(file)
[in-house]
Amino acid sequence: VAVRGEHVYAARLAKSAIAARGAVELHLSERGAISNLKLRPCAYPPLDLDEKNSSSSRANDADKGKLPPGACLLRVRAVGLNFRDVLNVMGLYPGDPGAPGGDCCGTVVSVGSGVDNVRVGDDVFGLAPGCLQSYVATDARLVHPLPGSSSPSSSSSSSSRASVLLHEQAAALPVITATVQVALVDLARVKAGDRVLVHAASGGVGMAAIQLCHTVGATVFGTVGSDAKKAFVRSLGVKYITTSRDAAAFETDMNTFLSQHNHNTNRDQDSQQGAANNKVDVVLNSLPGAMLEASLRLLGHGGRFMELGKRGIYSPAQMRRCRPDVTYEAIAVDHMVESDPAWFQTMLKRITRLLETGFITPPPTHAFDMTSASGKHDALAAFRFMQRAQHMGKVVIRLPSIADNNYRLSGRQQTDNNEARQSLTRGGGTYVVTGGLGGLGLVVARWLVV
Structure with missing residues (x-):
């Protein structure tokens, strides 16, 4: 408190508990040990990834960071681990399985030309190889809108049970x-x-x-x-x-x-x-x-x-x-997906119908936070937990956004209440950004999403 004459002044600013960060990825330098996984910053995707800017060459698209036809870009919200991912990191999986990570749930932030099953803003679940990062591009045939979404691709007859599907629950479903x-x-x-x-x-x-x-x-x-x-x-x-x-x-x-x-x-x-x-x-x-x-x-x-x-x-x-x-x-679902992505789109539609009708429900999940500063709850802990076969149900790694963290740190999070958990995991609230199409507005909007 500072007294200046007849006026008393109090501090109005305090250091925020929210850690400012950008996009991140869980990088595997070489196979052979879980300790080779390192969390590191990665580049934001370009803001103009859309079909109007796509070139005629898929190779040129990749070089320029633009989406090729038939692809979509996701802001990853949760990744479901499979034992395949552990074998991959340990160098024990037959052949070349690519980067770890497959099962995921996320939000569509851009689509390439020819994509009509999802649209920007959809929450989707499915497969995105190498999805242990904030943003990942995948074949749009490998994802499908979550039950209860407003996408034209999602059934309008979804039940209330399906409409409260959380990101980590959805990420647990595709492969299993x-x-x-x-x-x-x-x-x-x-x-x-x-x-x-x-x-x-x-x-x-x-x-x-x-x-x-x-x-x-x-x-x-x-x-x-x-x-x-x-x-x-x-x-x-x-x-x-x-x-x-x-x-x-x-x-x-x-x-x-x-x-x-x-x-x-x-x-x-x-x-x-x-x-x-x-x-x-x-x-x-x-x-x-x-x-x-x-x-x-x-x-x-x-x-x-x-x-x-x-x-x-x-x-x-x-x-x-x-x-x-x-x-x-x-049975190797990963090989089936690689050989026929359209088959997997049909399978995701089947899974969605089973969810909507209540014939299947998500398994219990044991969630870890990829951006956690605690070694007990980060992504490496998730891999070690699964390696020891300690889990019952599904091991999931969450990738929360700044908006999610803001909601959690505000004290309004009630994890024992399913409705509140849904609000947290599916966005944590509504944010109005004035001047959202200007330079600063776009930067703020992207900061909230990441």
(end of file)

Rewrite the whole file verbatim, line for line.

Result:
[in-house]
Amino acid sequence: VAVRGEHVYAARLAKSAIAARGAVELHLSERGAISNLKLRPCAYPPLDLDEKNSSSSRANDADKGKLPPGACLLRVRAVGLNFRDVLNVMGLYPGDPGAPGGDCCGTVVSVGSGVDNVRVGDDVFGLAPGCLQSYVATDARLVHPLPGSSSPSSSSSSSSRASVLLHEQAAALPVITATVQVALVDLARVKAGDRVLVHAASGGVGMAAIQLCHTVGATVFGTVGSDAKKAFVRSLGVKYITTSRDAAAFETDMNTFLSQHNHNTNRDQDSQQGAANNKVDVVLNSLPGAMLEASLRLLGHGGRFMELGKRGIYSPAQMRRCRPDVTYEAIAVDHMVESDPAWFQTMLKRITRLLETGFITPPPTHAFDMTSASGKHDALAAFRFMQRAQHMGKVVIRLPSIADNNYRLSGRQQTDNNEARQSLTRGGGTYVVTGGLGGLGLVVARWLVV
Structure with missing residues (x-):
């Protein structure tokens, strides 16, 4: 408190508990040990990834960071681990399985030309190889809108049970x-x-x-x-x-x-x-x-x-x-997906119908936070937990956004209440950004999403 004459002044600013960060990825330098996984910053995707800017060459698209036809870009919200991912990191999986990570749930932030099953803003679940990062591009045939979404691709007859599907629950479903x-x-x-x-x-x-x-x-x-x-x-x-x-x-x-x-x-x-x-x-x-x-x-x-x-x-x-x-x-679902992505789109539609009708429900999940500063709850802990076969149900790694963290740190999070958990995991609230199409507005909007 500072007294200046007849006026008393109090501090109005305090250091925020929210850690400012950008996009991140869980990088595997070489196979052979879980300790080779390192969390590191990665580049934001370009803001103009859309079909109007796509070139005629898929190779040129990749070089320029633009989406090729038939692809979509996701802001990853949760990744479901499979034992395949552990074998991959340990160098024990037959052949070349690519980067770890497959099962995921996320939000569509851009689509390439020819994509009509999802649209920007959809929450989707499915497969995105190498999805242990904030943003990942995948074949749009490998994802499908979550039950209860407003996408034209999602059934309008979804039940209330399906409409409260959380990101980590959805990420647990595709492969299993x-x-x-x-x-x-x-x-x-x-x-x-x-x-x-x-x-x-x-x-x-x-x-x-x-x-x-x-x-x-x-x-x-x-x-x-x-x-x-x-x-x-x-x-x-x-x-x-x-x-x-x-x-x-x-x-x-x-x-x-x-x-x-x-x-x-x-x-x-x-x-x-x-x-x-x-x-x-x-x-x-x-x-x-x-x-x-x-x-x-x-x-x-x-x-x-x-x-x-x-x-x-x-x-x-x-x-x-x-x-x-x-x-x-x-049975190797990963090989089936690689050989026929359209088959997997049909399978995701089947899974969605089973969810909507209540014939299947998500398994219990044991969630870890990829951006956690605690070694007990980060992504490496998730891999070690699964390696020891300690889990019952599904091991999931969450990738929360700044908006999610803001909601959690505000004290309004009630994890024992399913409705509140849904609000947290599916966005944590509504944010109005004035001047959202200007330079600063776009930067703020992207900061909230990441």